Table 2 presents the unadjusted rates of adverse events within 90 days post-surgery by type of arthroscopic shoulder procedure. Table 3 presents the rates of specific adverse events within 90 days post-surgery. The overall risk of adverse events requiring inpatient care or reoperation within the first 90 days was 12.0 per 1000 procedures (95% confidence interval 11.9 to 12.7 per 1000). The likelihood of an adverse event varied according to type of arthroscopic procedure, from 6 per 1000 patient procedures (5.4 to 7.6 per 1000) for stabilisation surgery up to 17 per 1000 patient procedures (14.8 to 18.3 per 1000) for frozen shoulder release. After adjusting for age, sex, and comorbidities, however, no clear differences were observed between the groups (model presented in supplementary materials).
The incidence of death within 90 days was low (5 per 10 000 patient procedures, 95% confidence interval 4 to 6 per 10 000). The most commonly recorded adverse event was pneumonia (3 per 1000 patient procedures, 3.1 to 3.5 per 1000). Table 4 shows the results for specific adverse events. When plotting the temporal relationship between adverse events and arthroscopic surgery over the first year, no association was observed between death and surgery (fig 3). Each of the systemic events of interest were most frequent in the first 30 days after surgery and then decreased to a stable baseline rate within 90 days. The relative risks of a complication occurring in the first 30 days compared with any 30 day interval between day 90 and one year were: 5.7 (95% confidence interval 4.5 to 7.1) for pulmonary embolism, 4.0 (3.4 to 4.7) for myocardial infarction, 3.5 (3.2 to 3.9) for pneumonia, 2.4 (2.1 to 2.7) for urinary tract infection, 2.4 (2.0 to 2.9) acute kidney disease, and 3.3 (2.7 to 4.1) for stroke.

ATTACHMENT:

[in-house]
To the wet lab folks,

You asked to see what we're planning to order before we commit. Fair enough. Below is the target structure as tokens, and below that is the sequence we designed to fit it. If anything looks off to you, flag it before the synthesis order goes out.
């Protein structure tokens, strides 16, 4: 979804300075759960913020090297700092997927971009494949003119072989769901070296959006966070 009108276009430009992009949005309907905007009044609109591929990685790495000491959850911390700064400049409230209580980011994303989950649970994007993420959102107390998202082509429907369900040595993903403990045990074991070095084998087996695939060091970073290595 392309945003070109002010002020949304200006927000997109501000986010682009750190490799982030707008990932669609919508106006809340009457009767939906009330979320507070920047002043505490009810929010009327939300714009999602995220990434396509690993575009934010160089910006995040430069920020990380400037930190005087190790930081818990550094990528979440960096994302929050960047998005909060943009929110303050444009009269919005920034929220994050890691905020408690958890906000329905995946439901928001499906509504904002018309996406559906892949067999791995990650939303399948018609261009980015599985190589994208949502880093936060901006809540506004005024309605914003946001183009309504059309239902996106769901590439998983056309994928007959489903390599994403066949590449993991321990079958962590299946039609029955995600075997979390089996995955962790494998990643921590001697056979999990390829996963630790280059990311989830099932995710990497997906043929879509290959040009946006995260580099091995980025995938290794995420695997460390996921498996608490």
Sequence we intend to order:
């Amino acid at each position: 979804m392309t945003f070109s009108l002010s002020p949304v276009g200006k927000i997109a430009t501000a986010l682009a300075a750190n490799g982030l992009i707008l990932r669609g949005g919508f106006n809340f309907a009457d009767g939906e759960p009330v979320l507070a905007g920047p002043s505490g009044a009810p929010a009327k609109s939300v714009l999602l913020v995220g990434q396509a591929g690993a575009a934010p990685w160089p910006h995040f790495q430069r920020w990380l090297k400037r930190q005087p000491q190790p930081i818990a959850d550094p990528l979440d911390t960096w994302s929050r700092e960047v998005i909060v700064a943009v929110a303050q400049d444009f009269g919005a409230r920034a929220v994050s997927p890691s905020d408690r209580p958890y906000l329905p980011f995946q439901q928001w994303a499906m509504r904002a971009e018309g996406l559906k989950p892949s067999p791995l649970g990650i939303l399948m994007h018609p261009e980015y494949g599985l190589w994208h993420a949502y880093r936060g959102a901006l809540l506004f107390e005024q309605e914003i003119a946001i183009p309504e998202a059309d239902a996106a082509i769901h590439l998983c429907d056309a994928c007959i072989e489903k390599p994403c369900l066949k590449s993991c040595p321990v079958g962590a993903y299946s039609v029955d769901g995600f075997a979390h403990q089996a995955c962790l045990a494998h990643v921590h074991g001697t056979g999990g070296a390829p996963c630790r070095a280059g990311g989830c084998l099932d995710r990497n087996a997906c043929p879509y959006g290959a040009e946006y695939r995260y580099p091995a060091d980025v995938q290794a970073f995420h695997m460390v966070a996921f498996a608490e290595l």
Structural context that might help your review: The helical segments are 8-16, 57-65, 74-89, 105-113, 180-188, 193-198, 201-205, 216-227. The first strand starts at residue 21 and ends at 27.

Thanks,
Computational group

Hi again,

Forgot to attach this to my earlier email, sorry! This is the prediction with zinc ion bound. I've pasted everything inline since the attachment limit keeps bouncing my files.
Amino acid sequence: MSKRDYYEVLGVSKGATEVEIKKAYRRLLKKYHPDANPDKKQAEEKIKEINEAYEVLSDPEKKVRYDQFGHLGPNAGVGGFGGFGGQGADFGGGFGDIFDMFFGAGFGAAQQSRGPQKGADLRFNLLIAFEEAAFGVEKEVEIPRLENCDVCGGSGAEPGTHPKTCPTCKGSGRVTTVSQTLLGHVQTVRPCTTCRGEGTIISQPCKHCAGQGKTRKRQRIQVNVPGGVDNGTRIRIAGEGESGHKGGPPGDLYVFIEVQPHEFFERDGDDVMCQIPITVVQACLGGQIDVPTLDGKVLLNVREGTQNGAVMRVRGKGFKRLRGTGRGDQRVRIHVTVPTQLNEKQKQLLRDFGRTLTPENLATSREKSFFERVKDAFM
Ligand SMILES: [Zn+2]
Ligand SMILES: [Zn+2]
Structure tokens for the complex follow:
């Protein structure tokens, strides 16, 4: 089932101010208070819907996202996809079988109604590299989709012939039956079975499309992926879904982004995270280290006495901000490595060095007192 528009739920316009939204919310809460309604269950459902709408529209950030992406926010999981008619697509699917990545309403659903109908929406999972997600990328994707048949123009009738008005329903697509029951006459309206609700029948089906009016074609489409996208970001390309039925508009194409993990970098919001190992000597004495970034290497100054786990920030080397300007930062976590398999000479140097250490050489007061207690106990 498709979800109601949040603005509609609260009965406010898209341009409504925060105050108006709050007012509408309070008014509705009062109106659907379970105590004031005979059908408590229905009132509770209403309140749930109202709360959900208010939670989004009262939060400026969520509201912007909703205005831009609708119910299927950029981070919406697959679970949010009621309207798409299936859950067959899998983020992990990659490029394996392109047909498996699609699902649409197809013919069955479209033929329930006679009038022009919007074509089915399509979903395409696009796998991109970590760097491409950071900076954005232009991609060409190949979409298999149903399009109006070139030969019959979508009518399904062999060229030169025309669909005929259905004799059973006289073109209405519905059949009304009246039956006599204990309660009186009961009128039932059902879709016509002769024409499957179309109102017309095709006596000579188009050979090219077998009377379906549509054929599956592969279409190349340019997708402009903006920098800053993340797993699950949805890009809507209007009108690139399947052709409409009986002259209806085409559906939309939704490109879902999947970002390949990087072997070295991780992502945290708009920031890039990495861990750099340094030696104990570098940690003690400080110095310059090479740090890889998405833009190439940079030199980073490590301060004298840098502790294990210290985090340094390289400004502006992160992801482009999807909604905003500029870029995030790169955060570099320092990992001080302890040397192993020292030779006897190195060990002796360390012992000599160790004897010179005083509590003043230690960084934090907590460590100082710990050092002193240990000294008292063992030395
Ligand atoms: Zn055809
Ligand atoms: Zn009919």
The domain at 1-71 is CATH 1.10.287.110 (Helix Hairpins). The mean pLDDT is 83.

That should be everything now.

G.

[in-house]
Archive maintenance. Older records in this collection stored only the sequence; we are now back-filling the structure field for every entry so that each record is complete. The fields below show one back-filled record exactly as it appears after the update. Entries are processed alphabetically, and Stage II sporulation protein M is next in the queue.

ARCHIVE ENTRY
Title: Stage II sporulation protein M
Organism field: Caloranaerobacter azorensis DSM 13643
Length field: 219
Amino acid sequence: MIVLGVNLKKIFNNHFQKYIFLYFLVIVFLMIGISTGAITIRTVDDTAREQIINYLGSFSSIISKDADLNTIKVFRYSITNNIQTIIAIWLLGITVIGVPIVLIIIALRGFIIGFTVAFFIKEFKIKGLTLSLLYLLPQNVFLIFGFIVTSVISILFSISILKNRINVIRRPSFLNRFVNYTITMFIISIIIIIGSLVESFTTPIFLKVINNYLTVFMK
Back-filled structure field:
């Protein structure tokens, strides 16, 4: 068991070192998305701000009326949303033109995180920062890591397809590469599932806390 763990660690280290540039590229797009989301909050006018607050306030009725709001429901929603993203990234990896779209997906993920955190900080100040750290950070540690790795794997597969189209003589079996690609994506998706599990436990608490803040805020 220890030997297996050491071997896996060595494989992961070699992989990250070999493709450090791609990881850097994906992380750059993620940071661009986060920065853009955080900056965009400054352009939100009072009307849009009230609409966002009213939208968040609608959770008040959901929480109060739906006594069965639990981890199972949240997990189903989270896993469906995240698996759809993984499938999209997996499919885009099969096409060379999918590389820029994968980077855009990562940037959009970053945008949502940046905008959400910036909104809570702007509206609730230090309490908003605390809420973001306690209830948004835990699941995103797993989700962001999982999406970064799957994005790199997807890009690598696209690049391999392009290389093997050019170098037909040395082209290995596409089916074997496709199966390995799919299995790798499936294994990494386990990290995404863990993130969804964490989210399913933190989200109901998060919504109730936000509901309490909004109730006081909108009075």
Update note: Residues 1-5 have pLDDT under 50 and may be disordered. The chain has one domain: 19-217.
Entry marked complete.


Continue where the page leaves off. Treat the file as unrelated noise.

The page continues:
The likelihood of reoperation at one year after arthroscopic shoulder surgery was 3.8% overall (95% confidence interval 3.8% to 3.9%). Further surgery for deep infection was rare (9 per 10 000 patient procedures, 95% confidence interval 8 to 10), and arthroplasty was performed in four of 1000 (95% confidence interval 3.6 to 4.6) arthroscopic shoulder surgeries (excluding glenohumeral stabilisation). Table 4 reports rates by procedure type. Further surgery was less common after glenohumeral stabilisation and more common after frozen shoulder release (5.7%, 95% confidence interval 5.4% to 6.1%). The effect of age, sex, and comorbidities on the likelihood of any further surgery was examined in a regression analysis stratified by procedure type. No clear associations beyond the effect of procedure type were identified. A wide range of further arthroscopic and open surgeries was performed, but some patterns emerged that were specific to the type of procedure. After rotator cuff repair, 1.3% of patients underwent a further rotator cuff repair operation within one year. For patients undergoing a frozen shoulder release, 3.6% required a further frozen shoulder release or manipulation under anaesthesia, and after an acromioclavicular joint excision 1.3% underwent a repeat excision.